City council forces backers of proposed veterans wellness center to start over

Wellness center tax

NEW ORLEANS, La. (WVUE) -Signs in a Gentilly neighborhood express the sentiments of many residents who opposed a proposed zoning change related to a wellness center project that is to benefit veterans.

And on Thursday (Sept. 19) some of the residents voiced their opposition to New Orleans city council members.

"This new commercial building is absolutely unnecessary. There are numerous available storefronts within less than one mile of that site,” said Colete Delacroix.

During a meeting two weeks ago, a majority of the council supported allowing the proposed Veterans Wellness Center to move forward over the objections of the councilman representing the area, Jared Brossett.

Plans call for the facility to be built on Mirabeau Avenue and it would be part of the Bastion Community of Resilience.

Brossett said it was clear to him that his constituents opposed a zoning change.

"The initial concept for Bastion was to provide affordable housing, a concept that I fully supported four years ago, however, allowing a commercial development on the site means there will be less space for affordable housing,” Brossett said.

After receiving complaints over the public process and a petition containing over a hundred signatures of residents opposed to the project, the council decided to revisit the issue during its regularly scheduled meeting on Thursday (Sept. 19) said Council President Helena Moreno.

"I went and got with Council member [Jason] Williams, we had another meeting with neighbors and said it’s clear based on what we heard from them that we needed to start the process over,” said Moreno.

And the council voted 6 to 1 to do so, approving two new motions related to the proposed project.

"This what we're doing is wiping the slate clean by taking care of the biggest issue, that there will not be a commercial zoning change,” said Moreno.

Dylan Tete, executive director of Bastion Community of Resilience went along with the move.

"We are very committed to hopefully a new kind of dialogue. We're going to put more resources into building bridges,” said Tete during the public comment phase of the meeting.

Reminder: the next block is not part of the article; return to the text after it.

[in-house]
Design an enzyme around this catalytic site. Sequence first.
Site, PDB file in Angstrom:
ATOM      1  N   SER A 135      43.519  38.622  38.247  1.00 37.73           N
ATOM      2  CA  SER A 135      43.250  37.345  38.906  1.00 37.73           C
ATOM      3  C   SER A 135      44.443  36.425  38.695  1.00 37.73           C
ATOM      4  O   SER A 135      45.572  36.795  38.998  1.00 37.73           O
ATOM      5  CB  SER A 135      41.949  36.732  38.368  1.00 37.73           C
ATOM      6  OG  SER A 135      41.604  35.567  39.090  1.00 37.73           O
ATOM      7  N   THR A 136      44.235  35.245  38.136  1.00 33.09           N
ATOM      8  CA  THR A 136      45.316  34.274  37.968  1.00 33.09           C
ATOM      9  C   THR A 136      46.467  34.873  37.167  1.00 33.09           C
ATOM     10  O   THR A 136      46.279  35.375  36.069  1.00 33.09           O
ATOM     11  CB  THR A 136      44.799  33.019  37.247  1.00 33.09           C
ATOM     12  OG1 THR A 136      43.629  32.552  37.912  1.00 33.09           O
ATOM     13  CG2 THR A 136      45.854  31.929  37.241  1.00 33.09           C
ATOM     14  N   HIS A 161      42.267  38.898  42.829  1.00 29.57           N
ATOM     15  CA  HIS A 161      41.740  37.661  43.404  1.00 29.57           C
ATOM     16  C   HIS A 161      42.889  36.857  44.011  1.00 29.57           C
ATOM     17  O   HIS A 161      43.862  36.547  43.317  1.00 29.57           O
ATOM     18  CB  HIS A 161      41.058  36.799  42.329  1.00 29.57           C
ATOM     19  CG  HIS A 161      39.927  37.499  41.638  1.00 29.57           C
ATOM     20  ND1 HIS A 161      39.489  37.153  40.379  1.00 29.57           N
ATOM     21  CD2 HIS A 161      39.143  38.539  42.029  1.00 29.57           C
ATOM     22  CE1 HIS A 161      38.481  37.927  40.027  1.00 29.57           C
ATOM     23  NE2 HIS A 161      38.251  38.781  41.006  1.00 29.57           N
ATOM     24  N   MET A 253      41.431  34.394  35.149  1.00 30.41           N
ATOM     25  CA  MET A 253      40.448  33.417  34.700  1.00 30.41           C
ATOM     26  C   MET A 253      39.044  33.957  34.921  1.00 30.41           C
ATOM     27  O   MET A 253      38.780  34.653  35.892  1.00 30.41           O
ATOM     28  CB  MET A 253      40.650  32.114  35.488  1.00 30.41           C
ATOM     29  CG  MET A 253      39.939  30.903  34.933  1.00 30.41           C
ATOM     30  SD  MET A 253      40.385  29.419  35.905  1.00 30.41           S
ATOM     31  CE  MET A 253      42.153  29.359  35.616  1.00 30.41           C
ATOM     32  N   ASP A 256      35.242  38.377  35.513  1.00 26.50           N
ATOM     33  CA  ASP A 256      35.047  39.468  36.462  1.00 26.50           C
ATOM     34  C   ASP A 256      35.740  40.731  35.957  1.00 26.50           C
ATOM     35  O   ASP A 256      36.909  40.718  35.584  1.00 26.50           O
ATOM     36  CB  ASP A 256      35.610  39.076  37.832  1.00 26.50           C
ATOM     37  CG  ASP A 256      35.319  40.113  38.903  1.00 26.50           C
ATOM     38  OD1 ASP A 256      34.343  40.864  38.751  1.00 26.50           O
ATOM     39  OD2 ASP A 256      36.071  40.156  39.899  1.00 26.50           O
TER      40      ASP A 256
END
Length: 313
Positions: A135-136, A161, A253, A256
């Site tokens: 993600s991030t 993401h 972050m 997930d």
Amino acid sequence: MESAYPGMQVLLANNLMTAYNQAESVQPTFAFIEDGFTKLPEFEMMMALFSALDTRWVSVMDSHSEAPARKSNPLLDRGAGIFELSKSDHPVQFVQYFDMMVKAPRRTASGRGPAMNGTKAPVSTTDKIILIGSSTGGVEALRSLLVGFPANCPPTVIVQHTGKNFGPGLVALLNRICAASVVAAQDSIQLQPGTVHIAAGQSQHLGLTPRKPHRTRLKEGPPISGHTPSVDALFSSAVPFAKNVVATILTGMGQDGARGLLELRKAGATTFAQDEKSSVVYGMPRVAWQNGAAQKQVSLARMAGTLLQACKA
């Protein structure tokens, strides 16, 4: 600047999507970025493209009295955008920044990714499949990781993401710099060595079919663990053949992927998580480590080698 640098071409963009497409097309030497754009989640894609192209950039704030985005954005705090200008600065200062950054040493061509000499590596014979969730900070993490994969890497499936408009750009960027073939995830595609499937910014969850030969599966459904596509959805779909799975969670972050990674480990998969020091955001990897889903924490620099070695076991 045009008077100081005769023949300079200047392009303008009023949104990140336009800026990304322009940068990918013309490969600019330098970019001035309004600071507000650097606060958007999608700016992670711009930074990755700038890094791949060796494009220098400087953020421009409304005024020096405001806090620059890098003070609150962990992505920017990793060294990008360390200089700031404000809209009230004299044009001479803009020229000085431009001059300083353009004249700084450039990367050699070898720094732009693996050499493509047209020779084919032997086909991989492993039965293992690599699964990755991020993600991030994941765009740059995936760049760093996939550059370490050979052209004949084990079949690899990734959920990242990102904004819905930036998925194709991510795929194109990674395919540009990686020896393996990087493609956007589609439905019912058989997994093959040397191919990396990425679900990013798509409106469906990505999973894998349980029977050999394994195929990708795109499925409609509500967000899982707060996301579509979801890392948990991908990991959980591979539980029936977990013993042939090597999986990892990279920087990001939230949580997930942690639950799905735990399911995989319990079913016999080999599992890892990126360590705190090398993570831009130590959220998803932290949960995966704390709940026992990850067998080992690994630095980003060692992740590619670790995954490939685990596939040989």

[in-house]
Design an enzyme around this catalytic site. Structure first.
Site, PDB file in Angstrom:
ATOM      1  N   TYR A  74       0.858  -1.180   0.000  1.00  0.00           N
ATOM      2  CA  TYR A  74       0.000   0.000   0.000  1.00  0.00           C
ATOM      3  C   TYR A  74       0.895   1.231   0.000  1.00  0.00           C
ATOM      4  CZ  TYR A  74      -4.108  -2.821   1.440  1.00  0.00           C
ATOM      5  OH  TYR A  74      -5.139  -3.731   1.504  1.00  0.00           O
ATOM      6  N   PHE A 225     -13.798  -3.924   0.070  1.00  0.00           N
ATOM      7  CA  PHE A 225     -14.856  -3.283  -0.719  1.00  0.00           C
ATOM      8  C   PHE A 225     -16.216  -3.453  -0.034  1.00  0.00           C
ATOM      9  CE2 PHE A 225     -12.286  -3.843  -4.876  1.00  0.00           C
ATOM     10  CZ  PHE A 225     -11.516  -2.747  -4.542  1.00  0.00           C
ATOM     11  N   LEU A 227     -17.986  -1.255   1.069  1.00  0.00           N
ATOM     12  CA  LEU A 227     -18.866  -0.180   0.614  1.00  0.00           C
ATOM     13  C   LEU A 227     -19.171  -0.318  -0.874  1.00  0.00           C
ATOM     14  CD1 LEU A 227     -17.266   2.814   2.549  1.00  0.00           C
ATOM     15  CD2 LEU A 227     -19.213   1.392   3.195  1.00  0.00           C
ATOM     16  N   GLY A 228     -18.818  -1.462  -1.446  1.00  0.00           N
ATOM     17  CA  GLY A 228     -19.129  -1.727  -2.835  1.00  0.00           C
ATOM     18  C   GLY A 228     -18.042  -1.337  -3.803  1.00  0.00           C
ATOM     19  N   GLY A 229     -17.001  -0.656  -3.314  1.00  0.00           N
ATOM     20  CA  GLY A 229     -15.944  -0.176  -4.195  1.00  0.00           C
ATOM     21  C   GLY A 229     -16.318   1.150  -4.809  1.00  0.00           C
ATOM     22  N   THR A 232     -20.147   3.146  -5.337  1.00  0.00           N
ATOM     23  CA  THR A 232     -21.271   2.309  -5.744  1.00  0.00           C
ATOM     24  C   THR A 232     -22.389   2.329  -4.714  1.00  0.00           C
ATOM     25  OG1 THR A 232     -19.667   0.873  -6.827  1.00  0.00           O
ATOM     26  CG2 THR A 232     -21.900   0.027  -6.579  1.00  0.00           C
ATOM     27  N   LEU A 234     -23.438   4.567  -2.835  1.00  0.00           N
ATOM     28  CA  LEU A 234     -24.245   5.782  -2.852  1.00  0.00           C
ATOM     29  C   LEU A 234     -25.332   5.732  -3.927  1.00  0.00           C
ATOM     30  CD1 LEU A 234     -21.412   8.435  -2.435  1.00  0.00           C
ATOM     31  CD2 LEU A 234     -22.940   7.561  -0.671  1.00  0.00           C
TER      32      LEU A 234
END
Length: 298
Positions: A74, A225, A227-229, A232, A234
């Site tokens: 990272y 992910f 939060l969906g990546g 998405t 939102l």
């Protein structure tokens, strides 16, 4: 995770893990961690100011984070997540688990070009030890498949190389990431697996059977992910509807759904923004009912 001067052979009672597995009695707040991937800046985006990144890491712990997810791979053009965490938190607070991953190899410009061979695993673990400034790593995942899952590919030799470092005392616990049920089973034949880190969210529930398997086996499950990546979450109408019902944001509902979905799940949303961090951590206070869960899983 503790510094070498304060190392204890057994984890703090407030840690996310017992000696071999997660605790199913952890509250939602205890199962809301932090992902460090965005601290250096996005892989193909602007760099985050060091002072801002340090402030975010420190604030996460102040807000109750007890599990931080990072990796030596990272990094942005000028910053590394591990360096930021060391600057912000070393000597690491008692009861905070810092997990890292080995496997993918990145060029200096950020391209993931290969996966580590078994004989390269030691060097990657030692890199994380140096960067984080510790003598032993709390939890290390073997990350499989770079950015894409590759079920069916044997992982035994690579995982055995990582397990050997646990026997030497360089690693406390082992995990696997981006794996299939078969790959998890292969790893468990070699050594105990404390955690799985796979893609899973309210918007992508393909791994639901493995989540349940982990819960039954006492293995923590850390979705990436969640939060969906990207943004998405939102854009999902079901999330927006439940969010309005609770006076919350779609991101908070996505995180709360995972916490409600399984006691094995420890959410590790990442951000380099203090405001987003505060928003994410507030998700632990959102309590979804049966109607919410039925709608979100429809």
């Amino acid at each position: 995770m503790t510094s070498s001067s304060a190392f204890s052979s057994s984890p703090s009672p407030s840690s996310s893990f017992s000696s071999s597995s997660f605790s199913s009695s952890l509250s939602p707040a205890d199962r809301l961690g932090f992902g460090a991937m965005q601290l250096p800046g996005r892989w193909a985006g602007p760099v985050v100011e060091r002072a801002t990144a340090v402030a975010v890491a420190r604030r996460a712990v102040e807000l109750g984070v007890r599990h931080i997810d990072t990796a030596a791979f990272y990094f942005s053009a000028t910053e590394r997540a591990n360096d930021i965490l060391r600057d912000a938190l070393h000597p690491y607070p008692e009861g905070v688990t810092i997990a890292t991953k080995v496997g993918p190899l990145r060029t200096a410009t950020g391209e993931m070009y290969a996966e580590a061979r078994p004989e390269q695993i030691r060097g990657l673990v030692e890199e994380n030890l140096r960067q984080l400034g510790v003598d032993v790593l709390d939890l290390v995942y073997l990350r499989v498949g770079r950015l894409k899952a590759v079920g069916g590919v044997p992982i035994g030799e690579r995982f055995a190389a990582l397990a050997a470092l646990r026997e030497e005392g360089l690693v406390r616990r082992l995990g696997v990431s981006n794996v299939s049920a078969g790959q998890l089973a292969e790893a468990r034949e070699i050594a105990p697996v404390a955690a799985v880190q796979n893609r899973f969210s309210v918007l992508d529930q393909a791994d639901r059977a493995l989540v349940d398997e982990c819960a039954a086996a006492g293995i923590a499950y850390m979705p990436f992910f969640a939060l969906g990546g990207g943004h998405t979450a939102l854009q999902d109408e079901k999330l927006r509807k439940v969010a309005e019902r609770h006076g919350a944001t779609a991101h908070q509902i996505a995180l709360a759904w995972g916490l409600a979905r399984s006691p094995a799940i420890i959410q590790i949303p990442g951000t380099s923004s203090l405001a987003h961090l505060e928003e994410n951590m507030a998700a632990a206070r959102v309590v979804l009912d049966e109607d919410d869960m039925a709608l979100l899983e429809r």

Mark Raymond, who said he suffered a serious injury, wants to put a fitness center for people with paralysis or amputation in the proposed wellness center. He hopes starting the approval process over will allow for more productive discussions with the community.

"I think it's a good plan, that'll give us a chance to reengage the neighborhood, to see if we can mitigate some of their concerns…I suffer from a life-changing injury three years ago and unfortunately I don’t really have a place to work out here,” said Raymond.

While the council’s latest move eliminates the zoning change proposal from the equation, Moreno said one of the motions approved by the council allows Bastion to apply for a conditional use approval for the property. She said that will allow people in the surrounding neighborhood to work with the council on specific restrictions for the project.

But Brossett said during a September 5 meeting he tried unsuccessfully to defer a vote on the zoning request past the allotted deadline, which would have amounted to a denial. He added that such a deferral would have provided more time for Bastion to work with people in the neighborhood over their concerns.

So, Brossett voted no, when the council revisited the issue on Thursday and took up a measure setting in motion the process for a conditional use proposal to be considered.

"The proposed conditional use is another way of approving commercial intrusion on a residential neighborhood,” said Brossett after the meeting.

And with the process beginning anew at city hall, a final decision on the project could be many months away. But the majority of the council believes that is the right course of action.

"There’s no guarantee that once everybody gets in a room you will come to a consensus, but the work has to be done upfront to be able to confirm that,” said Councilman Jay Banks.

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